He lit the candle. It glowed beautifully. Picking up drumming sticks he played a short riff before getting on his knees and began to push the ice with a pencil in his mouth, sliding it slowly across the smooth gallery floor. At times, it was difficult to control the melting ice with just the point of the pencil which had to be continuously re-inserted as the block melted. A trail of water was left behind the glowing white ice as Léger slowly pushed it towards the audience, on his knees, up to the door where he dropped the pencil, stood and stared back at the watery trail. He walked back to the beginning, picked up the drum sticks, and stood quietly for one minute, then played a short drum roll before walking to the ice and blowing out the candle. Each action was unforced, each quiet moment contemplative, offering the viewers time to see and enter his space.
Moments of stillness are found in Léger’s performances beginning with Léger standing quietly in front of his performance objects. His performances on this tour layered onto the previous one in an archeology of meaning. In Fredericton, this performance used a large chunk of snowy ice and became extremely strenuous in a sloped hallway where the ice slid around and the pencil couldn’t get a firm hold. It was difficult to guide and the potential for failure was increasingly obvious. Even then, he struggled to accomplish the impossible, without backup or hope of success, until the performance ended.
In Campbellton, he tied his right ear to a large rock with brown string (cut to his body length), the candle lit on the rock. Slowly Léger pulled the block across the gallery floor, crouching down, stretching uncomfortably, moving the rock. He had to listen—the ear literally tied into this relationship with stone and flame—and work slowly with every expectation of disaster. The string could have gone up in flames or could have fallen from his ear, the rock or ice might have been impossible to move. The physical discomfort of the action was evident to see. Towards the end of the performance he inflated a balloon with deep breaths, then let it exhale bit by bit until, with the last air, he extinguished the candle. As viewers, we also held our breath, waiting for the balloon to burst, though it didn’t.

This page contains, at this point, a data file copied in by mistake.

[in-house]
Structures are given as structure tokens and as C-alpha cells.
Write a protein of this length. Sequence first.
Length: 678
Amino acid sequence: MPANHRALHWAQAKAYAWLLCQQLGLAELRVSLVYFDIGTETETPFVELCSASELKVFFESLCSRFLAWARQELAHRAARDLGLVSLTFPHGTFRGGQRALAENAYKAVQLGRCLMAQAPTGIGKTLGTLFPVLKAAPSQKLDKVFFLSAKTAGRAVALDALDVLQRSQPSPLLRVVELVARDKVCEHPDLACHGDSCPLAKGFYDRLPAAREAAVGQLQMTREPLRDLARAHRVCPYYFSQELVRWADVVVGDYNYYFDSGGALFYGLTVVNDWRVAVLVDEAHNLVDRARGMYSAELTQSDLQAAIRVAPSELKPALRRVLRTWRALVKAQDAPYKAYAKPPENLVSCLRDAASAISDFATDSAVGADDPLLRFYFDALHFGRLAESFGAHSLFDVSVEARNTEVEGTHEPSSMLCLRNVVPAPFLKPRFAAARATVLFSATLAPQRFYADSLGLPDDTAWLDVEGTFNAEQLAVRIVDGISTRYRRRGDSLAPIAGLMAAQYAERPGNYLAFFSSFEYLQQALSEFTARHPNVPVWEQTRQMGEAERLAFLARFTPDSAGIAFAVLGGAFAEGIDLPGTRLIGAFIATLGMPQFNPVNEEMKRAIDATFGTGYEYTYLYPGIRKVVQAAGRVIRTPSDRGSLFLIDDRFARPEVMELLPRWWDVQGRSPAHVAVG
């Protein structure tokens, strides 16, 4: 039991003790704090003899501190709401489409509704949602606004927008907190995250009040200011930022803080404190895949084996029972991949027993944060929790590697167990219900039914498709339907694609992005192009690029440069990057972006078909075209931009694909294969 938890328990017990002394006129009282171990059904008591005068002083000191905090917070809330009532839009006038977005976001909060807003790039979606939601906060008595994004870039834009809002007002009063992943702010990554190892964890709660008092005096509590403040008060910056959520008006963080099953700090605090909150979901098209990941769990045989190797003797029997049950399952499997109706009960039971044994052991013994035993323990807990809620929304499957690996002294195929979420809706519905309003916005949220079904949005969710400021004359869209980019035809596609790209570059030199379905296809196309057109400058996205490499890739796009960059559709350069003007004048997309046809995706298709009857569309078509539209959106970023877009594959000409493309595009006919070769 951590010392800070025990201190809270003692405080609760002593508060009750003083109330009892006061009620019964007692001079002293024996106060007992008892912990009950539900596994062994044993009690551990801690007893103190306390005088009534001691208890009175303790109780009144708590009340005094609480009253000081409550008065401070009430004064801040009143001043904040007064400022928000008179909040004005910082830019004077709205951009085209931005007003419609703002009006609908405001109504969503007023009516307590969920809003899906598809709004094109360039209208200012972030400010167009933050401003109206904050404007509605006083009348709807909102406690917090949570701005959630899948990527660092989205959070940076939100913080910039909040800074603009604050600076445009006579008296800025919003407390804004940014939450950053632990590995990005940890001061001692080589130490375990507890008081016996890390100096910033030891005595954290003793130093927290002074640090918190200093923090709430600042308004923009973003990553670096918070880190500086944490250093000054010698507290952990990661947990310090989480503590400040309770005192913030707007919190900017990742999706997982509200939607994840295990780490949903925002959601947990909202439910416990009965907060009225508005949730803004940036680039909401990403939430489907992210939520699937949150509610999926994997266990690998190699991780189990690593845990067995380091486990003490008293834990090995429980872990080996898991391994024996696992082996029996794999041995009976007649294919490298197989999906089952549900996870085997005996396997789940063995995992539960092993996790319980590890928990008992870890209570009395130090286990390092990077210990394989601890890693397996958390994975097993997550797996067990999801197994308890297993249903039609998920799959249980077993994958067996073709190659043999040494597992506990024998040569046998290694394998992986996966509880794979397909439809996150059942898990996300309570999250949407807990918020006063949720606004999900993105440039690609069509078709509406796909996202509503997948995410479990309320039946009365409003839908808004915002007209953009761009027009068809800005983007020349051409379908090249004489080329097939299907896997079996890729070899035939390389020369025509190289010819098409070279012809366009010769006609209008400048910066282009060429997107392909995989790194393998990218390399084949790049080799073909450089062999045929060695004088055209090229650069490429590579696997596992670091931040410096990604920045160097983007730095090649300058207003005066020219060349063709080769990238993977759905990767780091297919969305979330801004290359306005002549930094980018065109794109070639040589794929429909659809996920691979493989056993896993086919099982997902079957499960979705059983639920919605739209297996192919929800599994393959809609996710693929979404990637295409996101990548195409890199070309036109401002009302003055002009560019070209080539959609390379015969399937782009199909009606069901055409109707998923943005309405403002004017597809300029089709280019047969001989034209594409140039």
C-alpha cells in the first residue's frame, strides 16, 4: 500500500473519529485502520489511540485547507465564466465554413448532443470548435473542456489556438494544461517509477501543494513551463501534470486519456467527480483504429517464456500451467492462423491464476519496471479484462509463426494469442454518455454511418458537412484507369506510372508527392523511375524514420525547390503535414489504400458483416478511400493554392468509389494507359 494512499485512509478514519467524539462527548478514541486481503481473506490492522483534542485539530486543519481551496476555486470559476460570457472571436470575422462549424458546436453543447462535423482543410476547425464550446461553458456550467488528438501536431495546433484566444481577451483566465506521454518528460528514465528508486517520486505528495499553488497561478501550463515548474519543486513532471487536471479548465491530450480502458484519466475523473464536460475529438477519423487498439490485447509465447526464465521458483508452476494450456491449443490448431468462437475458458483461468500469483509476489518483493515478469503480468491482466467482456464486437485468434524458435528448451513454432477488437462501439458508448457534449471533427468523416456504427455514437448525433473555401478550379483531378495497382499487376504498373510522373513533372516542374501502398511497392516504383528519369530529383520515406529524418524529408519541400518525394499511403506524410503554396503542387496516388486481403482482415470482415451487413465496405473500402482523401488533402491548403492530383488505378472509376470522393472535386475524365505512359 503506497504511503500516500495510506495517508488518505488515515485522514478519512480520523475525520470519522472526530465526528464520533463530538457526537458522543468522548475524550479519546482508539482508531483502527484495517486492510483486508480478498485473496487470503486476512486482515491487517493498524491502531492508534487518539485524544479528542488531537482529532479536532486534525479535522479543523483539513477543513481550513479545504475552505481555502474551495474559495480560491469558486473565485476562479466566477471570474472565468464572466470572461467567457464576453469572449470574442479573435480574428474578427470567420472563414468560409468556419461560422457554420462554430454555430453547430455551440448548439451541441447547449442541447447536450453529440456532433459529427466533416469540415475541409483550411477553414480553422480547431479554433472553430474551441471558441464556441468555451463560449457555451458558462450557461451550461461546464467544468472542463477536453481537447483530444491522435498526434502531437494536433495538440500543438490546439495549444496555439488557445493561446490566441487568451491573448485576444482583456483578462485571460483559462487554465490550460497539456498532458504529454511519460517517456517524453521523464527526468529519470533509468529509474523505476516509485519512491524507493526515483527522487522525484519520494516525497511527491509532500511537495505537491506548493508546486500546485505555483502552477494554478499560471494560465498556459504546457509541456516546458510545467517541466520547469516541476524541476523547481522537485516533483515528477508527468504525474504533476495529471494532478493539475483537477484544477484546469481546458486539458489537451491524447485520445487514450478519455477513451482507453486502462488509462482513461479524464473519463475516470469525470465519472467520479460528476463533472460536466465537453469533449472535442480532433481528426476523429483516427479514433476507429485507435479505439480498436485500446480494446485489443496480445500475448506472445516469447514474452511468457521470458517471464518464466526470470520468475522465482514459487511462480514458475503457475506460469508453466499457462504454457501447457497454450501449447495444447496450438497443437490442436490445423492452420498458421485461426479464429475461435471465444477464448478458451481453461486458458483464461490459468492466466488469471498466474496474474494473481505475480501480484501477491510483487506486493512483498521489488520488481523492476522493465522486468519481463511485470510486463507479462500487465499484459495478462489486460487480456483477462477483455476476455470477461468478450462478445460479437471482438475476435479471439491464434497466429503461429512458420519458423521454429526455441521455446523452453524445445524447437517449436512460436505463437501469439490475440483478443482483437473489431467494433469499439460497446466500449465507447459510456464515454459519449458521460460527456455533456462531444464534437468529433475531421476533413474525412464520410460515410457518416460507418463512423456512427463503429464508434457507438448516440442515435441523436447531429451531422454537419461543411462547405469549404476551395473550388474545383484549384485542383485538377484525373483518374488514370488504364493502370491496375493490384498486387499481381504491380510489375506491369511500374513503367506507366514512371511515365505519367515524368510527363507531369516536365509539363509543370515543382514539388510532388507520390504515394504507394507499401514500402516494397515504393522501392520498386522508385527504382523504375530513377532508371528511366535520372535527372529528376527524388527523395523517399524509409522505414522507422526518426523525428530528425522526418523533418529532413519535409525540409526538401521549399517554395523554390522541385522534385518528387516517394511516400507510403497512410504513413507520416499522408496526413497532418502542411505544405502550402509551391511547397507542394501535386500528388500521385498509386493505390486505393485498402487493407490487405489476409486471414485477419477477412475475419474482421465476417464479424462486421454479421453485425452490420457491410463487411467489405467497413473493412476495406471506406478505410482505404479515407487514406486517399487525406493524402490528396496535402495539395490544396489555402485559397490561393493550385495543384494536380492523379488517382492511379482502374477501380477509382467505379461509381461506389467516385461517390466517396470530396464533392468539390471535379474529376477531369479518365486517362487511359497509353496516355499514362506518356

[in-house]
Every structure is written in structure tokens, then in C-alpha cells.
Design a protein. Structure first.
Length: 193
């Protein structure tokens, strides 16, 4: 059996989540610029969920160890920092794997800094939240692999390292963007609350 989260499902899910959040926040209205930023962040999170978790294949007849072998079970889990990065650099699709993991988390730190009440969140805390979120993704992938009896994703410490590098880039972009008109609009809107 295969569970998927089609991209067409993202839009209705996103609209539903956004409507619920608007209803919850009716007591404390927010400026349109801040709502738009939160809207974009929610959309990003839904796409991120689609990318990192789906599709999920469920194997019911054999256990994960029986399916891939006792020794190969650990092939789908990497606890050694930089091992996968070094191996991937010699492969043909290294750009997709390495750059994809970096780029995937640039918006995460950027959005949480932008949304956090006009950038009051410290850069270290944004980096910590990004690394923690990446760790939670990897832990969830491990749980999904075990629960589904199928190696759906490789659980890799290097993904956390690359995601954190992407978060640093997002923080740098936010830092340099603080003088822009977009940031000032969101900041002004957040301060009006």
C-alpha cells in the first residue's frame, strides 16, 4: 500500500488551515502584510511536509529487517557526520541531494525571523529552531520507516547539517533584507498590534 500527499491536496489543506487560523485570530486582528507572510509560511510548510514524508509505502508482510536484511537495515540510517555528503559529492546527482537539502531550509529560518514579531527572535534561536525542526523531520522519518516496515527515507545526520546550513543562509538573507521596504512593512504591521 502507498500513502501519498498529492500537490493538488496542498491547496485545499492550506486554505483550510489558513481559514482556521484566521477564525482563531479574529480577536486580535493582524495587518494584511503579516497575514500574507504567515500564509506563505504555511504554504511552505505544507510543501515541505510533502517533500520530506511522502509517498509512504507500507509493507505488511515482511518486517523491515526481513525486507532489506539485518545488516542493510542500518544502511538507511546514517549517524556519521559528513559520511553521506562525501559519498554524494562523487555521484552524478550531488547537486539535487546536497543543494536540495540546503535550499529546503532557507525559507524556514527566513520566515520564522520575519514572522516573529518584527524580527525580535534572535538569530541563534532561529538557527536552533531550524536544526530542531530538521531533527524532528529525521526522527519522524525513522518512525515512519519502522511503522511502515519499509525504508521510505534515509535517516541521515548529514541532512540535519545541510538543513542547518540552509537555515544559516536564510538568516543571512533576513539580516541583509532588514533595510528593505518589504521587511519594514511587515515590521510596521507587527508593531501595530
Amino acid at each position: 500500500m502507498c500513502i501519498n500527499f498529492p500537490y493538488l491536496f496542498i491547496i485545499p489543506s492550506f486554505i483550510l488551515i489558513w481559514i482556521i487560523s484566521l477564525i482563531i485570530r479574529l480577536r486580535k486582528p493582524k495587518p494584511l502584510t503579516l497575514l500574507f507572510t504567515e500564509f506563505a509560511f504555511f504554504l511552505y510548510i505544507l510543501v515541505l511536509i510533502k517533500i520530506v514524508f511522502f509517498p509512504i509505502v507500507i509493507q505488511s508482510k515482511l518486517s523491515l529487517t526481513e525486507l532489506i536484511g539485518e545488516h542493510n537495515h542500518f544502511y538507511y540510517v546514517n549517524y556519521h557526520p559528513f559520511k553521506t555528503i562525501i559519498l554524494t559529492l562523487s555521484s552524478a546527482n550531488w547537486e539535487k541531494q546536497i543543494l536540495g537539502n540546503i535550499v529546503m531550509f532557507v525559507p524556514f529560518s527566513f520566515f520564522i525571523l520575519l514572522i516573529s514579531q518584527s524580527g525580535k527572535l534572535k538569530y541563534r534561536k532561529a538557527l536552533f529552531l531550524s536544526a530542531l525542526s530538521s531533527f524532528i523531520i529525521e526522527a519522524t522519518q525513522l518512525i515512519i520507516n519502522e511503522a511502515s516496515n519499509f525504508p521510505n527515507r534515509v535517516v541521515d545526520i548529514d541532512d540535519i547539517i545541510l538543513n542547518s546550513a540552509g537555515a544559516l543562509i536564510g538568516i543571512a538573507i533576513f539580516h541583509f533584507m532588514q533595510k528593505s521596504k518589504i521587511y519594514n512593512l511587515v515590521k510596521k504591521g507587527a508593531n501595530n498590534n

Air, fire, markmaking, relationships were referenced, all suggesting a poetic space, the tension between failure, disaster and success, the air we breath (potentially dangerous in the pandemic), and physical and ecological connections. His pacing is a slow rhythm, encouraging a re-wiring of our often frenetic brains in space and time.
Photography by Annie France Noël / PERFform 23
Mathieu Léger, Untitled, PERFform 23, Fredericton. Video by LR Dornan
Resting on a long table from the waist up, is a large female figure made of white plaster and cardboard. She resembles the Venus of Willendorf with exaggerated bosoms and a round spiky head. Garry Sanipass laid out a grid on the floor before the female figure with long strips of paper printed with latin words referencing the legal system.
Wearing a judge’s black robe, with shirt and tie, he then took her apart, grabbing one piece at a time—her arm, a shoulder, her head etc, with impatience. When all the grid sections were full of body parts, he stood back and divested himself of the black robe and tie becoming a non-authoritarian figure, the second character in his performance. He fell to his knees and openly mourned the destruction of the female figure. He then proceeded to carefully reassemble her, his distress at the violence done to her evident in the concentration and solicitude shown to each part of her being. With each body part assembled, Sanipass used clay to heal her wounds, to hold her together. He called out Mother, Sister, Aunt and Grandmother, all my family, while lovingly repairing the woman. The Matriarch, the Indigenous woman, was symbolically destroyed by colonial laws, lost but now has been returned with love, cared for, respected as community and cultural healing continues. 15 minutes
Sitting cross-legged on a cushion with a large basket of paper letters on her right, Dornan gently laid out dozens of letters in front of her while humming. Before turning 45˚ to the right, she sifted a handful of black soil onto the floor beside the letters. She continued to lay out the correspondence, turning four times in a circle, alternating between leaving black earth and golden sand beside the letters, and humming continuously. Once returning to her first place, enclosed in a circle of years of family and friends’s thoughts and words, she draped a deep wine coloured shawl on her shoulders and with black soil in one hand and sand in the other, outstretched to show the audience first, she then slowly sifted them onto the floor, the words and herself, connecting all to this earth and this place while singing the chorus of “Wild Mountain Thyme.” (and we all come together, to pick wild mountain thyme, all around the bloomin' heather, will ye go, lassie, go?) Encircled by decades of connections between family and friends, some lost, it was a circle of history, remembrance, contact and love, a reminder of connection after the pandemic. 12 minutes